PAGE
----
HR should know its accounts and people and culture so well that recruiting can be individualized and work smoothly.  Unfortunately, in order to save money from outside recruiters, when there is a crunch (or on a regular basis) contract recruiters are brought in who do not know the culture or the managers causing recruiting to become inefficient. (I have received many jobs from senior executives, especially at the big agencies, who have had jobs open for months with no results.)  Recruiting managers at agencies should be full time employees who know everyone and everything about their company.

Tuesday, October 16, 2018

Seven Reasons Why/How Ad Agencies Lose Business

The late, great David McCall used to say that the day an agency gets an account they are a day closer to losing it.  A bit cynical, but very true.  As a recruiter, I have asked many advertising agency executives why they lost an account and many client executives why they pulled their business from their agencies.  Here are my observations from the many answers I have received.

1)    Change in client key personnel
No surprise here.  As they say, “The new broom sweeps clean”.  Many a CMO, CEO has fired their agency and hired a new one in order to work with someone they previously knew or a friend who they trust.  Many simply hire a new agency to insure loyalty to them.  It happens frequently and often without warning, but this happening should be at least anticipated by any ad agency if a new senior person joins their client.

2)    Clients who become tired of their advertising
Clients often become tired of their own advertising long before the consumer does; after all, how often can a company show the same commercial to their sales force? All agencies should anticipate this problem and should be constantly working on ways to refresh a current campaign in order to keep the client enthusiastic.  

3)    Agencies do not listen to their clients
I have had dozens of client advertising and marketing executives tell me that their agencies just don’t listen.  Sometimes what the clients want is significant and, ironically, sometimes it is merely the feeling that the agency is not paying attention to their needs.  I had a client tell me that he had been asking his agency to prepare an FSI (Free Standing Insert) coupon ad for both print and digital and his agency simply ignored him.  He hired a new agency to do that and it opened the door for the existing agency to lose the account.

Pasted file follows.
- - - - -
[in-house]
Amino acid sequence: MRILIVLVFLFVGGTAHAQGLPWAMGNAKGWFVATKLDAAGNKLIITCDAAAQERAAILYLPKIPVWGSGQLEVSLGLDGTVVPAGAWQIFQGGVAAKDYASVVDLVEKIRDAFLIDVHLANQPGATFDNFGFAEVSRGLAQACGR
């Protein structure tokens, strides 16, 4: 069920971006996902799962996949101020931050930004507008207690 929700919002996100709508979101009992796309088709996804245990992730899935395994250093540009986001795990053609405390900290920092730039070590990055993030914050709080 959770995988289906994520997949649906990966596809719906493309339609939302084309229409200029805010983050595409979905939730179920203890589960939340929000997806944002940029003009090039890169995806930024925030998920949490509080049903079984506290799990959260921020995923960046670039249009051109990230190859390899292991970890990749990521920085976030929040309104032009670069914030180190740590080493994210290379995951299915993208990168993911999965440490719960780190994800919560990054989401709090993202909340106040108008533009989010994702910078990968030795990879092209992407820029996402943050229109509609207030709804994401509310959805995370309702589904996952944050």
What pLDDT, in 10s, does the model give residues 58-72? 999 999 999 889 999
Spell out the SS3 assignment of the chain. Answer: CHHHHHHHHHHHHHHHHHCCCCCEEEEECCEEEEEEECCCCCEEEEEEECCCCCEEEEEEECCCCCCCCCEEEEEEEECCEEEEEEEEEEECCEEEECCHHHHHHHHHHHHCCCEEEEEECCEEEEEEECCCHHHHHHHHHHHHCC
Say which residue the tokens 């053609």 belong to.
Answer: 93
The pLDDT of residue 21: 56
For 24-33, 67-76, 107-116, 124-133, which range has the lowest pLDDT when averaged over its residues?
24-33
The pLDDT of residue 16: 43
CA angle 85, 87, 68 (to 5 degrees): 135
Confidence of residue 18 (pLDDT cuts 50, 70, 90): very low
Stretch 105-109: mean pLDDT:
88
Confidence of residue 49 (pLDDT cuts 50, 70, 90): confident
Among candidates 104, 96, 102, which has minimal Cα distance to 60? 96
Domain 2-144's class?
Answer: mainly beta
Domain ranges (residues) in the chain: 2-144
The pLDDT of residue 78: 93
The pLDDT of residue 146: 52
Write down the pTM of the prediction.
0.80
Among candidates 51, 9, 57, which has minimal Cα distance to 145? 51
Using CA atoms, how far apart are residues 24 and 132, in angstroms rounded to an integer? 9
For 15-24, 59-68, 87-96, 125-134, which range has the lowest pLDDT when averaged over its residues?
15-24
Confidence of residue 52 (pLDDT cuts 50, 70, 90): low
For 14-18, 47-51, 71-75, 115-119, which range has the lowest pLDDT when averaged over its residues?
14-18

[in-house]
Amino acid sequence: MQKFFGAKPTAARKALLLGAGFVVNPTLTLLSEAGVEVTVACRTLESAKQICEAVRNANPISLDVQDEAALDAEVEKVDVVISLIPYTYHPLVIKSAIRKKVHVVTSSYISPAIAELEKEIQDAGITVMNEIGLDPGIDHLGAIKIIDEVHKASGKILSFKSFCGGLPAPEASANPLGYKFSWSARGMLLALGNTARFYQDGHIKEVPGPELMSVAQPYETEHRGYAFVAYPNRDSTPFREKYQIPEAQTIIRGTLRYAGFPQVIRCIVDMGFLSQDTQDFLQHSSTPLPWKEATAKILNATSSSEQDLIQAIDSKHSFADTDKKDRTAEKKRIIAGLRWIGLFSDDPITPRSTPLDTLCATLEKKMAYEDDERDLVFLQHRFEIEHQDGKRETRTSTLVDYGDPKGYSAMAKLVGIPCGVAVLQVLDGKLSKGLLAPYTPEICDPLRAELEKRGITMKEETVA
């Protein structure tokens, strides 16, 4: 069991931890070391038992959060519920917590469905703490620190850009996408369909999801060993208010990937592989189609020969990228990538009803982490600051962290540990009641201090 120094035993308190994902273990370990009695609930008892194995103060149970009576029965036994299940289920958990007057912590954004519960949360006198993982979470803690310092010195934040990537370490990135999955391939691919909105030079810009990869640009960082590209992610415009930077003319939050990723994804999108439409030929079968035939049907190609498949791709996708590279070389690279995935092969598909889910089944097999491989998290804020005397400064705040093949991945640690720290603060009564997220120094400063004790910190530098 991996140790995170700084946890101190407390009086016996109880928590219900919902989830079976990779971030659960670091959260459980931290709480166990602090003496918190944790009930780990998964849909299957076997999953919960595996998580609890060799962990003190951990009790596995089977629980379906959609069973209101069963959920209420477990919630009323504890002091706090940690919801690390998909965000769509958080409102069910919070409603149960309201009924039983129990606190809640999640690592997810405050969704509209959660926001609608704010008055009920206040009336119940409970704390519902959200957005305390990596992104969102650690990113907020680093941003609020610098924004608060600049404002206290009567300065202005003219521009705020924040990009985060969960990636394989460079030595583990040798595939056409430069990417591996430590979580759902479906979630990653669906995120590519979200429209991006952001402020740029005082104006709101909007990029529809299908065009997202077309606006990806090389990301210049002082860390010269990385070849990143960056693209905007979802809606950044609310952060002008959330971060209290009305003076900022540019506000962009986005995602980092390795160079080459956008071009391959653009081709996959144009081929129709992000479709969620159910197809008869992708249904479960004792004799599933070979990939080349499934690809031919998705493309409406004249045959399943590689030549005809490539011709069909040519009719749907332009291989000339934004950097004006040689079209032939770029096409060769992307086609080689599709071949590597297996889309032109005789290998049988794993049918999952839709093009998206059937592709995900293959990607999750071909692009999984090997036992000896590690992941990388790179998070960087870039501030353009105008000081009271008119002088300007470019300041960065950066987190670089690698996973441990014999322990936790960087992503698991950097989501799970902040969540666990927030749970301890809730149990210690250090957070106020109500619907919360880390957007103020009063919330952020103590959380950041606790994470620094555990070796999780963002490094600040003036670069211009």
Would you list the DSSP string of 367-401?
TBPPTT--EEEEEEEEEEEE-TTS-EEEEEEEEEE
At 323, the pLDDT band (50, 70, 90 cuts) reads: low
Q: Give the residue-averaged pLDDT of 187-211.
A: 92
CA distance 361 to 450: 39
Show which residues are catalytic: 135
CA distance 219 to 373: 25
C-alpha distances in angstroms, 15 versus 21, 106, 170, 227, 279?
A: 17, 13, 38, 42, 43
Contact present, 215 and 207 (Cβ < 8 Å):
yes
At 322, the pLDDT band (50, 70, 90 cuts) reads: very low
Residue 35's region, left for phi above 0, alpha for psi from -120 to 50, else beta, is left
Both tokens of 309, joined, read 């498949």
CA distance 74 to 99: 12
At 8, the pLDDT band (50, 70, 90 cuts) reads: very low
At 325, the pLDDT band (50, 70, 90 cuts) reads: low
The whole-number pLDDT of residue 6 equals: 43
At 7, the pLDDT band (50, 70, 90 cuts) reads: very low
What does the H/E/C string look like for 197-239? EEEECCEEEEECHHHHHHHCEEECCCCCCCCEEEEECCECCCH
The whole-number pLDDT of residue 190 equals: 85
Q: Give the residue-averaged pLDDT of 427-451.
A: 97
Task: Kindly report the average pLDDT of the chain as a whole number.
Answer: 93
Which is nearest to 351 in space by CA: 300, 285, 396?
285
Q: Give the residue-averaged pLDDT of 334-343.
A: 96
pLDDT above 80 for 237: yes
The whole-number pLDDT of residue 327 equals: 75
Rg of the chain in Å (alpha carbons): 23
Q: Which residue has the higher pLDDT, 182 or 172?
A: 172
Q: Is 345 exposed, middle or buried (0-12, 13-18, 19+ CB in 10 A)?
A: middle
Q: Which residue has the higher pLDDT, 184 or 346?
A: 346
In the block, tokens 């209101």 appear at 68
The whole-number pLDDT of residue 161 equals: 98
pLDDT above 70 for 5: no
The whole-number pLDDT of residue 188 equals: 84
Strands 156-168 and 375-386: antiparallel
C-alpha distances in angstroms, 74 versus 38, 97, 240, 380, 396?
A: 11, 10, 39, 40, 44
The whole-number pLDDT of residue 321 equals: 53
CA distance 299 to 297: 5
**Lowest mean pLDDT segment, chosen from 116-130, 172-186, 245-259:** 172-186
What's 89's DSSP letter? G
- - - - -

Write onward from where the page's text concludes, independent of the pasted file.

4)    Agencies become arrogant about their own work
Apropos of two and three above, sometimes the work does wear out.  Many agencies have insisted on not changing the campaign when a new solution is long overdue.  This is very common, especially with long-running campaigns.

5)    Agencies don’t insert themselves into their client organizations
A common complaint is that clients don’t see their agencies except for major presentations.  One client told me that he had actually not seen his agency management in two years (although he had seen his account team). Agency management needs to see its clients, no matter how small, on a frequent basis.  Another client told me that his account team never came to see him on a one-on-one basis.  They only came to see him en masse or for major presentations.  Many have told me that they do not hear from their account teams with regularity.  Account people need to talk to their client counterparts every day, even it is just to say hello and ask if there is anything they can or should be doing.

6)    Agencies that have not learned their client’s business
I have heard about agencies presenting work that is rejected because it is not consistent with the client’s objectives or which is inconsistent with the client’s business situation or issues.  In many cases, the client has not communicated its problems or objectives to the agency, but it is up to the agency as a service supplier to learn its clients’ business, even at the risk of being pushy.

Agencies need to have a constant presence at their clients in order to know and understand their account(s).  They must take the time to learn their clients’ business.  And agencies cannot use the excuse that the procurement people won’t allow frequent visits.

7)    Agency Merger and Acquisitions
Never been sure what actually happens, but from observation, accounts seem to leave agencies once they have been purchased or merged.  Change in management and procedures certainly has a lot to do with it.  All too often, senior account and creative people get moved, rotated or terminated which angers clients because it upsets the status quo.  I have never figured out why one agency buys or merges with another and then completely decimates the culture – causing the very clients they purchased to leave.